Authors Posts by Richard Scott

Richard Scott

Richard Scott
225 POSTS
Richard Scott is a health care reporter focusing on health policy and public health. Richard keeps tabs on national health trends from his Philadelphia location and is an active member of the Association of Health Care Journalists.

Why Your DNA May Be Sabotaging Your Diet

The researchers tested five types of diets on mice, dividing the animals into four groups based on similarities in DNA.

Does Alcohol Type Affect Your Mood?

How does drinking beer or liquor, for example, variably change your mood? Researchers set to find out by studying various types of alcohol.

Squirrels’ Long Slumber May Hold the Key to Stroke Treatment

Squirrels may be a surprising source of potential life-saving stroke therapy.

Long-term Acetaminophen Use in Pregnancy Tied to ADHD in Kids

The link is found only among pregnant women who took a product containing acetaminophen for 29 days in succession or more.

Fructan Carbs, Not Gluten, May Actually Be the Cause of Gut Issues

Perhaps gluten has been miscast as the culprit the whole time.

Does Heart Surgery in the Afternoon Improve Survival Rates?

Heart surgery performed in the afternoon may give patients a better chance of survival, considering the body's circadian rhythms.

Just 1 to 10 Mutations Cause Most Types of Cancer

The new findings assessed more than 7,500 tumors across nearly 30 distinct types of cancer.

Scientists Discover the Hiding Place of the Brain’s Long-Term Memories

Our memories, it turns out, don’t reside in some abstract space or inside an impenetrable lock-box.

Magic Mushrooms May ‘Reset’ Depressed Patients’ Brains

The researchers note that using psilocybin as a treatment method is a tactic that goes back centuries, and one that may be beneficial for hard-to-treat cases of depression.

Change in Weather Tied to Heart Events, Morbidity

Canadian researchers found that precipitous changes in the environment don’t bode well for a person’s health.

Gene Therapy Reverses the Tide of Multiple Sclerosis in Mice

Among the animals studied, up to 80 percent of them went into virtually complete remission of the condition even after experiencing paralysis in their hind limbs.

How Antibiotics Can Augment Cancer Therapy

The groundbreaking discovery reveals that a simple intervention may reverse course and prevent certain bacteria from interfering with drug therapy.

Could Blocking Sweet Taste Receptors Prevent Sinus Infections?

Blocking a person’s sweet taste receptors allows the natural infection-fighting ability of bitter taste receptors to flourish.

Scientists Use CRISPR to Change a Flower’s Color

Scientists have changed the genetic makeup of flowers by using DNA splicing technology, which reveals the vast potential of CRISPR.

Drug Therapy Suppresses Inflammation to Reduce Heart Risk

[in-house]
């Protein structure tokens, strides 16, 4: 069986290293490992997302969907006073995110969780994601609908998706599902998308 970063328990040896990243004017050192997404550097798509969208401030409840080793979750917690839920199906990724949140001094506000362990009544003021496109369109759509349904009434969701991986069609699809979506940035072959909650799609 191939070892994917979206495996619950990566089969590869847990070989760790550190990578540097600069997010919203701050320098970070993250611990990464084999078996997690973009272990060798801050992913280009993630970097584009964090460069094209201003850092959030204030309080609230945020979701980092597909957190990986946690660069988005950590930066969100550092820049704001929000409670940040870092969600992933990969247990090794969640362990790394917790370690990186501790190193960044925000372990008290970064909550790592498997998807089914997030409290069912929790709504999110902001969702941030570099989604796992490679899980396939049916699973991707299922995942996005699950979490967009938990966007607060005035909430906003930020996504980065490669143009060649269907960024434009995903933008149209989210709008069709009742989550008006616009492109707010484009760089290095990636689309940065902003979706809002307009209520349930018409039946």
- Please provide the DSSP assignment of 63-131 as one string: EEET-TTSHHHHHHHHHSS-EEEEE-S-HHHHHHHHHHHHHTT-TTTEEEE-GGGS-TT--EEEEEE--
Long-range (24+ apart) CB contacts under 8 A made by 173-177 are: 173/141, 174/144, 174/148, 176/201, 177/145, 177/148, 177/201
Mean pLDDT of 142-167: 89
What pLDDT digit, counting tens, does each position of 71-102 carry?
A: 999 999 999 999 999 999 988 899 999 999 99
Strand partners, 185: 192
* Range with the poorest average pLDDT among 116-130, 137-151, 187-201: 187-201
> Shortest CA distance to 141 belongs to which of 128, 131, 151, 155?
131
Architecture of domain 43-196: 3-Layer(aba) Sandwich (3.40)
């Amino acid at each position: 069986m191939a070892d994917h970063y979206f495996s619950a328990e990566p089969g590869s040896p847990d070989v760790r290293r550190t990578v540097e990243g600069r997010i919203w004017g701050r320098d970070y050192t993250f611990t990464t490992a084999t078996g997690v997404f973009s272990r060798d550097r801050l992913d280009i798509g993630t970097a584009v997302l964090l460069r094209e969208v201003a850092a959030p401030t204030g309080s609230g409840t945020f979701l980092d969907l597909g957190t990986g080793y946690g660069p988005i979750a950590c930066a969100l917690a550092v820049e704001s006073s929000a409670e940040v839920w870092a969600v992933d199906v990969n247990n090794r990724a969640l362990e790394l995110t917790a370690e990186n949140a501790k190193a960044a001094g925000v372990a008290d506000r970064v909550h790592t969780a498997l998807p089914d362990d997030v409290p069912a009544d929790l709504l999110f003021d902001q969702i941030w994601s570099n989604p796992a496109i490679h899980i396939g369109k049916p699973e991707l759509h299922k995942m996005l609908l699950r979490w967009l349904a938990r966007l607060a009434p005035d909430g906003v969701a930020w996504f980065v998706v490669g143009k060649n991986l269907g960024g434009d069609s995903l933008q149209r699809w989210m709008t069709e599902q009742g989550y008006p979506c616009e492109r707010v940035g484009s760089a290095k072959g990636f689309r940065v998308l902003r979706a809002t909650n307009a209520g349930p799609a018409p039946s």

The researchers tested several different doses of a powerful anti-inflammatory drug on a group of about 10,000 study participants, with the doses ranging from low to medium to high.

New HPV Vaccine Aims to Eradicate Cervical Cancer

The new vaccine, currently under the consideration of Australia’s national health center, would prevent the infection of five additional strains of HPV.

Researchers Suggest Cognitive Behavioral Therapy for Procrastinators

Because procrastination can impede a person’s wellness, the new study may help chronic time-wasters improve their outlook.

Do CT Scans Encourage Smokers to Quit?

Lung cancer has the highest mortality rate by far among all types of cancer, but the new study suggests that exposing people to a CT screening of their lungs may have a significant impact on smoking rates.

Are Your Taste Buds Dulled? You May Be Prone to Obesity

A new study found that participants with compromised taste receptors sought out more sugar.

Kids Who Drink Non-Cow’s Milk Are Shorter Than Peers

A study showed that kids who drank plant-based milk only were significantly shorter than their peers who drank regular cow's milk.

Does Green Tea Improve Cognition?

The study adds compelling evidence to support the overall benefits of green tea consumption, while finding even more reason to brew a batch.

Clinical Trials for Type 1 Diabetes Vaccine Coming Soon 

The vaccine centers around previous research that has identified a common type of virus, called an enterovirus, as a cause of type 1 diabetes.

Sperm Counts Are Drastically Dropping Across Western Nations

Over the past thirty years, total sperm count among men in Western countries has declined nearly 60 percent, and sperm concentration has dropped by more than 52 percent.

Baby Talk: Language Development Starts Prior to Birth

A new study found evidence that early speech recognition occurs in the womb.

Children Without Fathers Are Likelier to Be Stressed